In the early eighteen twenties, my direct forbears made the move to New York, where they built ships on Corlear’s Hook on East Side, managed their business from counting houses above their warehouses on Schermerhorn Row, and gradually amassed a fortune from importing olive oil, dried figs, and dates from the Mediterranean; ivory and wool from Africa; bags of coffee beans from Brazil; and, above all, exporting furs to the Far East and bringing back tea, cinnamon, cloves, cassia and pepper. They lived for a year or so on lower East Side, before transferring to the healthier climes of Greenwich Village and, eventually, took up residence in fashionable Washington Square until the centre of New York high society shifted once again.
Having invested heavily in the South, they initially opposed going to war against the Confederate States, but served loyally in the ranks of the Federal Army once it had become clear that war was inevitable. During the Civil War, my great, great-grandfather enrolled at Cesnola’s private military school, which took up an entire floor in the Hotel St. Germaine on the corner of Broadway and Twenty-second Street. After enlisting in the Fourth New York Cavalry, he fought with him in the battles of Chantilly, Berryville, and Aldie, where, in a foolhardy and reckless attempt to capture enemy artillery, his horse was shot from under him and he was captured. Following his release from Libby Prison in an exchange of prisoners, he rejoined his regiment and fought under General Sheridan in the Shenandoah Valley Campaign.
Following the War, he resumed his career as a trial lawyer, a career distinguished by dramatic victories on behalf of wealthy clients and powerful corporations. He became active in Republican politics and played a leading role in exposing the iniquities of the Tweed Ring. One of the most popular after-dinner speakers of the day, he once raised eyebrows when he remarked that he admired the pilgrim mothers more than the Pilgrim Fathers because, as well as having had to endure the same hardships as their husbands, they had also had to put up with the Pilgrim Fathers!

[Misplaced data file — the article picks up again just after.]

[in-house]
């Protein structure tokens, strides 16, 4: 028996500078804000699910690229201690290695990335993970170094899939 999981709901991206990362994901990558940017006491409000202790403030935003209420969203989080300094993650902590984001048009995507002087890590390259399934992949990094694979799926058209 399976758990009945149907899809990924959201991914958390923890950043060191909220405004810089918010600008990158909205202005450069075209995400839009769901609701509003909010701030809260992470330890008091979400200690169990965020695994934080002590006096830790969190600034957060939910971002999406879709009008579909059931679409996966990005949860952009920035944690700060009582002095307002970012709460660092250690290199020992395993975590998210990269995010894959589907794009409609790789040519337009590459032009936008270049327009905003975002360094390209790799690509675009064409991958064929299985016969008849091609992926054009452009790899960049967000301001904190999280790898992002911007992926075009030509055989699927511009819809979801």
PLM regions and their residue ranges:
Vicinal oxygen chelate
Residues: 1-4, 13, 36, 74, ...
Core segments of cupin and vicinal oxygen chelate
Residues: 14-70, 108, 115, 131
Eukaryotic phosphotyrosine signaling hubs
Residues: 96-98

With Olmstead and Vaux magically summoning Central Park from the swampland of Upper Manhattan in the 1870s, the Danforths bought a plot of land alongside Fifth Avenue and built a Venetian-style Renaissance Palace with Gothic arches and intricate Moorish latticework. As the price of land on “Millionaires’ Row”, as that stretch of Fifth Avenue was then known, rocketed, so, too, did the temptation to sell. The mansion was demolished, along with a few others in the block, and, in their place, rose a limestone clad, twelve-story Italian Renaissance Palazzo-style apartment house, in which my great-grandfather reserved a duplex situated on the top floors that had more floor space than the original mansion.
As a young man, my grandfather rode in 1914 into Mexico with General John “Black Jack” Pershing in pursuit of Sancho Villa, and fought in the Meuse-Argonne offensive in the final months of World War 1. In 1926, missing the excitement of war, and tiring of sitting on the boards of the several companies in which the family had interests, he borrowed money on the call market, and, like many others at the time, bought stock on margin.
Towards the middle of 1929, shortly before the bubble finally burst, he liquidated his entire stock holdings, which had grown to four times the value of his initial investment, paid back his creditors and invested some of the proceeds in gold and government bonds while retaining a large cash reserve.
On October 24 (“Black Thursday”), Wall Street crashed.
October 29 (“Black Tuesday”), found him once again on the floor of the New York Stock Exchange, this time not to sell, but to buy undervalued stock in otherwise sound companies that those who, like him, had borrowed heavily in order to buy stock, but who, unlike him, had not bailed out in time, found themselves forced to sell in order to obtain much needed liquidity, and which, in the bear-mood that prevailed on Wall Street at that time, nobody wanted to buy. According to family tradition, it was my grandfather who was the “stranger” who, recognizing Winston S. Churchill on Wall Street, had invited him to the visitors’ gallery of the New York Stock Exchange to observe at first hand the dizzying dégringolade.
Text copyright © Anthony T. Hopkins 2008. All rights reserved by the author.